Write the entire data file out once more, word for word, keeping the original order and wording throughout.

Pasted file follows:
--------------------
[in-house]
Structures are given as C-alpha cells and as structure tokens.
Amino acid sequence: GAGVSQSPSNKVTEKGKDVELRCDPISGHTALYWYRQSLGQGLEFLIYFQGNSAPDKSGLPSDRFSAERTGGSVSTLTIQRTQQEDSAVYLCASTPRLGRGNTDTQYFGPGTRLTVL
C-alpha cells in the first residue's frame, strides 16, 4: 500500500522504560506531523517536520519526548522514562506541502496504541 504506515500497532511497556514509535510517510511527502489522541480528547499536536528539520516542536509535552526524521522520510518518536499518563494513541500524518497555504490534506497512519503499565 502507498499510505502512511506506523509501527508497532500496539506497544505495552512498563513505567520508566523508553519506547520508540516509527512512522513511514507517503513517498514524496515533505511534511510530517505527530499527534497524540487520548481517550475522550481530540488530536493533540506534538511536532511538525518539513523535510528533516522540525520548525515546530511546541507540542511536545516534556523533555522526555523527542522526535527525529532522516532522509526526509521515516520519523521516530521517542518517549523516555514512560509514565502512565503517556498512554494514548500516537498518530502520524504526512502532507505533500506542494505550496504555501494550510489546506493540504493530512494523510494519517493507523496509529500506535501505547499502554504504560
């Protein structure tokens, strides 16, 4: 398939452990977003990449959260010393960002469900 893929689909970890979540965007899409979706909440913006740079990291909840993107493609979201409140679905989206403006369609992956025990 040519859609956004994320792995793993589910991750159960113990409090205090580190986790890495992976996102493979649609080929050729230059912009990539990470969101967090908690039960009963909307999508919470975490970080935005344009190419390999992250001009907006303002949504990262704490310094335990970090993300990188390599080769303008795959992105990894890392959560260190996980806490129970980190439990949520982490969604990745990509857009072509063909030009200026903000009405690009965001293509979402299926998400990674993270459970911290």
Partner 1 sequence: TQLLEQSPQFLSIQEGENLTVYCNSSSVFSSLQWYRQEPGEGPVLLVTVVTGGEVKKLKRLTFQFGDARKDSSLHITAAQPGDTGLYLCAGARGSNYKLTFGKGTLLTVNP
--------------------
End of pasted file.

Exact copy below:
[in-house]
Structures are given as C-alpha cells and as structure tokens.
Amino acid sequence: GAGVSQSPSNKVTEKGKDVELRCDPISGHTALYWYRQSLGQGLEFLIYFQGNSAPDKSGLPSDRFSAERTGGSVSTLTIQRTQQEDSAVYLCASTPRLGRGNTDTQYFGPGTRLTVL
C-alpha cells in the first residue's frame, strides 16, 4: 500500500522504560506531523517536520519526548522514562506541502496504541 504506515500497532511497556514509535510517510511527502489522541480528547499536536528539520516542536509535552526524521522520510518518536499518563494513541500524518497555504490534506497512519503499565 502507498499510505502512511506506523509501527508497532500496539506497544505495552512498563513505567520508566523508553519506547520508540516509527512512522513511514507517503513517498514524496515533505511534511510530517505527530499527534497524540487520548481517550475522550481530540488530536493533540506534538511536532511538525518539513523535510528533516522540525520548525515546530511546541507540542511536545516534556523533555522526555523527542522526535527525529532522516532522509526526509521515516520519523521516530521517542518517549523516555514512560509514565502512565503517556498512554494514548500516537498518530502520524504526512502532507505533500506542494505550496504555501494550510489546506493540504493530512494523510494519517493507523496509529500506535501505547499502554504504560
């Protein structure tokens, strides 16, 4: 398939452990977003990449959260010393960002469900 893929689909970890979540965007899409979706909440913006740079990291909840993107493609979201409140679905989206403006369609992956025990 040519859609956004994320792995793993589910991750159960113990409090205090580190986790890495992976996102493979649609080929050729230059912009990539990470969101967090908690039960009963909307999508919470975490970080935005344009190419390999992250001009907006303002949504990262704490310094335990970090993300990188390599080769303008795959992105990894890392959560260190996980806490129970980190439990949520982490969604990745990509857009072509063909030009200026903000009405690009965001293509979402299926998400990674993270459970911290």
Partner 1 sequence: TQLLEQSPQFLSIQEGENLTVYCNSSSVFSSLQWYRQEPGEGPVLLVTVVTGGEVKKLKRLTFQFGDARKDSSLHITAAQPGDTGLYLCAGARGSNYKLTFGKGTLLTVNP